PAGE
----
If you’re not keen on using the EVF, you can always shoot in Live View, and frame your image using the 3-inch 1.62 million-dot rear touchscreen. This vari-angle display is slightly smaller than the one on the EOS R5, which is 3.2 inches thanks to having thinner bezels.
Another major improvement the EOS R6 brings is dual card slots, both of which support the SD UHS-II format. You can record to both simultaneously if you wish, or to one at a time.
Both the R6 and the R5 also benefit from a new battery, the Canon LPE-6NH, which not only offers improved longevity (up to about 500 shots as per CIPA’s conservative rating), but is also compatible with any Canon body that uses LP-E6N or LP-E6 batteries (like the 6D Mark II, for example).
- Excellent AF performance
- Very effective IBIS
- Up to 20fps burst speed
It’s tempting to compare the performance of the Canon EOS R6 to the 1D X Mark III – they’re remarkably similar in terms of speed and autofocus accuracy. Although we tested a pre-production sample of the R6 which didn’t have the final firmware, the camera performed beautifully.
Autofocus is almost instantaneous, whether you’re focusing on people or a bird, and the camera knows instantly to aim straight for an eye. We didn’t have an Atomos recorder to demonstrate how precise animal AF was, but every time we focused on a bird, the AF system would hone in on the animal’s head if the eye was turned away, and very often even kept the entire body in focus if the head was tucked under a wing.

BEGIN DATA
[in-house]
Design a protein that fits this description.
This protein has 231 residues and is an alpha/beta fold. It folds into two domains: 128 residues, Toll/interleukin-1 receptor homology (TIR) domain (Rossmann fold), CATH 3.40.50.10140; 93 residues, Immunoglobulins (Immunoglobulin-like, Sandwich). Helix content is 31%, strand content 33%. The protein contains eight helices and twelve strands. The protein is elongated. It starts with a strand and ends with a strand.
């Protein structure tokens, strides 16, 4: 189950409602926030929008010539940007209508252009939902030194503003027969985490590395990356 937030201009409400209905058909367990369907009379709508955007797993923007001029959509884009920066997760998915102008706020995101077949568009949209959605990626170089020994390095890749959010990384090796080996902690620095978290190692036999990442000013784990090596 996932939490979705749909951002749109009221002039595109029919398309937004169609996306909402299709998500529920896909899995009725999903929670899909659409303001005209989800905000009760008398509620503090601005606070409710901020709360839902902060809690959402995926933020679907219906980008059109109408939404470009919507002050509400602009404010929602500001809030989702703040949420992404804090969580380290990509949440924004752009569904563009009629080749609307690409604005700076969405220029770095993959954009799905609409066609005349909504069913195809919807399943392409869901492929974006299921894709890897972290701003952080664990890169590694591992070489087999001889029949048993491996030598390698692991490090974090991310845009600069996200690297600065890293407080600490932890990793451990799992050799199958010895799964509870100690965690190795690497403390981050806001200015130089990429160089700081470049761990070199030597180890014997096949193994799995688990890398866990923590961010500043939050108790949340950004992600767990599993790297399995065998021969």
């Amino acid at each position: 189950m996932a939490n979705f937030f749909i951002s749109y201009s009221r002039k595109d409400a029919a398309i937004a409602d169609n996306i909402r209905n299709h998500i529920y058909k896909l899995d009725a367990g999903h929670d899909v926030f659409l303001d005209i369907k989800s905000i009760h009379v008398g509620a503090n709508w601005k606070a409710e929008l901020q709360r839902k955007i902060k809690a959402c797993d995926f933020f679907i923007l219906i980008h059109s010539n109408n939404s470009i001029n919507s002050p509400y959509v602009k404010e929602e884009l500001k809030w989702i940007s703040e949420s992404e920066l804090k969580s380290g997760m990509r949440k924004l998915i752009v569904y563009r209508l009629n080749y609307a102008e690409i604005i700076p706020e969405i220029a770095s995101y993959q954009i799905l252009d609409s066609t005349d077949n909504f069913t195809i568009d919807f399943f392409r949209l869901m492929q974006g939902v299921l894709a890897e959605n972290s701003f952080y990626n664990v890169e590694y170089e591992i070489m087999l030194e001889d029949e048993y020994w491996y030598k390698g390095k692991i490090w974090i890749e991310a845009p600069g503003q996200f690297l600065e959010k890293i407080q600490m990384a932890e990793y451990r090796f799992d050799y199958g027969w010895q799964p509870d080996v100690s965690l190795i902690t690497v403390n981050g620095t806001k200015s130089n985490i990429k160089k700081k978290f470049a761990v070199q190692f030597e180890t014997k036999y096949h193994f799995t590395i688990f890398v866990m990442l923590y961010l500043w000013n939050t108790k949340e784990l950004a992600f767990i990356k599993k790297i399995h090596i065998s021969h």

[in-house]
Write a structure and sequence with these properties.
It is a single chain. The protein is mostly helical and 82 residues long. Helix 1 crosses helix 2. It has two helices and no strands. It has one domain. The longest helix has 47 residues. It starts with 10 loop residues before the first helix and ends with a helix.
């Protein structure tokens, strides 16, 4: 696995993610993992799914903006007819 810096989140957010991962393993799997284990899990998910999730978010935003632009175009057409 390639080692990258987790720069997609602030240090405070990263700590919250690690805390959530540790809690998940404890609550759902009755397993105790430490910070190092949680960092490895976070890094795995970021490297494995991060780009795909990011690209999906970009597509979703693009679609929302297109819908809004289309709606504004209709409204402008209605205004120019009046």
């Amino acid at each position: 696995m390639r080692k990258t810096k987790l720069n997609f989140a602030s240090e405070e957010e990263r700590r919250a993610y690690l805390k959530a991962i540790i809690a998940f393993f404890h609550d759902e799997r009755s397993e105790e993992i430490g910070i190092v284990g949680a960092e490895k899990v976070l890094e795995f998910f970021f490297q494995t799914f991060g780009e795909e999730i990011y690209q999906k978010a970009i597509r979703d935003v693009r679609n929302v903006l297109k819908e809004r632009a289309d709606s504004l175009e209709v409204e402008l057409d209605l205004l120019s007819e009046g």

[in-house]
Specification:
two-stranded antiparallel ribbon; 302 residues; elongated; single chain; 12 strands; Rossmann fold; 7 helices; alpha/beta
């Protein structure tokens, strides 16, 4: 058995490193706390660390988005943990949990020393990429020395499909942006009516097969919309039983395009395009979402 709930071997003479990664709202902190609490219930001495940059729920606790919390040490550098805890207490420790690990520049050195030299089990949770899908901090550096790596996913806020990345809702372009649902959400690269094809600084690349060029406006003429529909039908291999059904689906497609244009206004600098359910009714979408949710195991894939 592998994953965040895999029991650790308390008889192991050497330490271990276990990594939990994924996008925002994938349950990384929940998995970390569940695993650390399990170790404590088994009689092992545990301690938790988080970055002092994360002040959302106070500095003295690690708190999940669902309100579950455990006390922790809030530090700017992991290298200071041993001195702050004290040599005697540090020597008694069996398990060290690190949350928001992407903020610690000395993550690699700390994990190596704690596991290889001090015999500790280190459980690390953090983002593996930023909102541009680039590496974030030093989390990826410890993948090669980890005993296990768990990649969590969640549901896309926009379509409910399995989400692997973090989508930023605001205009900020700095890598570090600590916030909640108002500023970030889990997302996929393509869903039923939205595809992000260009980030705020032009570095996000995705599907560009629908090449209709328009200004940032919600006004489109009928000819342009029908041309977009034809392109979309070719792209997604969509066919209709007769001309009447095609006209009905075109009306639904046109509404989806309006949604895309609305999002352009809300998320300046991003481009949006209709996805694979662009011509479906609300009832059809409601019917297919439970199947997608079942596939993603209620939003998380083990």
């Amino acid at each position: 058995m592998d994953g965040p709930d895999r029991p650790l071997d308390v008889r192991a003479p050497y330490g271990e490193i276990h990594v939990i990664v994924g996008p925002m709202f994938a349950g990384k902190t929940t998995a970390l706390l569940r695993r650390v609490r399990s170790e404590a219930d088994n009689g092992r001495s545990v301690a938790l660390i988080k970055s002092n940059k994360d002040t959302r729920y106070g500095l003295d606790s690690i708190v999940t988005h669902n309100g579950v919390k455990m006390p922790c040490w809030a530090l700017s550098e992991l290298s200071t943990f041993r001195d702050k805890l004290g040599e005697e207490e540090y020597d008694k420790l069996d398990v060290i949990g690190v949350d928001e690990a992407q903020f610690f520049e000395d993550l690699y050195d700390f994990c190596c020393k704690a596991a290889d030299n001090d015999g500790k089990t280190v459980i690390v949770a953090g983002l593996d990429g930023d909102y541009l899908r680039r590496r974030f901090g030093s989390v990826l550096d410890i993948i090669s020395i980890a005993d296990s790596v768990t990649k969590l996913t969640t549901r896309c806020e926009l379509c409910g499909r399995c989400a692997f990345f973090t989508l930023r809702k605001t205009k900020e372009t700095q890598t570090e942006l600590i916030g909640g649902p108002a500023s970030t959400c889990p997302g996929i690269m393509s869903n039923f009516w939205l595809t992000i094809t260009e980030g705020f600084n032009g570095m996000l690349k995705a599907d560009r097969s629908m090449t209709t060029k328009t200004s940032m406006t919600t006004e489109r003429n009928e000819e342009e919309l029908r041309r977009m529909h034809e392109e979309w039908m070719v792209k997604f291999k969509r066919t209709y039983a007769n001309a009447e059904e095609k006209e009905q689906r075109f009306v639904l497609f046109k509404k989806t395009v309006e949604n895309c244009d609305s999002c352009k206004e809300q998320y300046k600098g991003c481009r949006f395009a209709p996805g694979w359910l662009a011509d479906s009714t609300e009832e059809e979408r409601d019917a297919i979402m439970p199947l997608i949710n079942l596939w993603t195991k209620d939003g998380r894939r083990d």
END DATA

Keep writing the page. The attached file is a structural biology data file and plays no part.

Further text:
Like the 1D X Mark III, subject tracking is exceptional as well, with the camera able to lock onto a target and stay with it even if something (or someone) crosses its path.
It’s difficult to judge image quality for a camera that’s not the final product, yet it’s hard not to say something about the test shots. With the RF 24-105mm f/4L IS USM lens attached to the R6, we were able to capture images that were sharp as a tack, and even without the final firmware Canon’s color science looks to have hit the mark again. Noise also seems to be well taken care of, and is barely evident even when an image (like the bee on the flower below) has been significantly cropped to zoom in on the subject.
We also tested out the new IBIS system, and were able to use the R6 handheld with a shutter speed of 0.5 seconds (see image below). It might even be possible to go up to a 1-second shutter speed handheld, although the sharpness of your images will also depend on how steady your hands are.
Buffer depth, while quite not as good as on the 1D X Mark III, is pretty impressive. Where the EOS R can capture a maximum burst of 47 raw and 100 JPEGs before needing to pause for breath, the R6’s spec sheet says the camera can process and save up to 240 raws and 360 JPEGs in one go.
There seems to have been a sea change at Canon. Not only have we finally got a relatively affordable Canon body with IBIS, but there’s 4K video recording using the full width of the sensor, even at high frame rates – and that’s just for starters.
Our initial tests of the EOS R6 have shown that the camera is well capable of giving its rivals a run for their money. The image stabilization system is class-leading, AF performance practically matches the EOS 1D X Mark III (which, we thought, outperformed the Sony Alpha A9 II), and it can almost match the speed of modern professional sports cameras, making it an ideal snapper for any scenario.
The R6 is capable of taking excellent images with great noise performance, and we’re champing at the bit to get our hands on the final product so that we can take a deeper dive, and see what the camera can do at high ISOs in low-light conditions.
If a pre-production sample can be this impressive, the EOS R6 could arguably be one of the best consumer cameras yet, if not the best.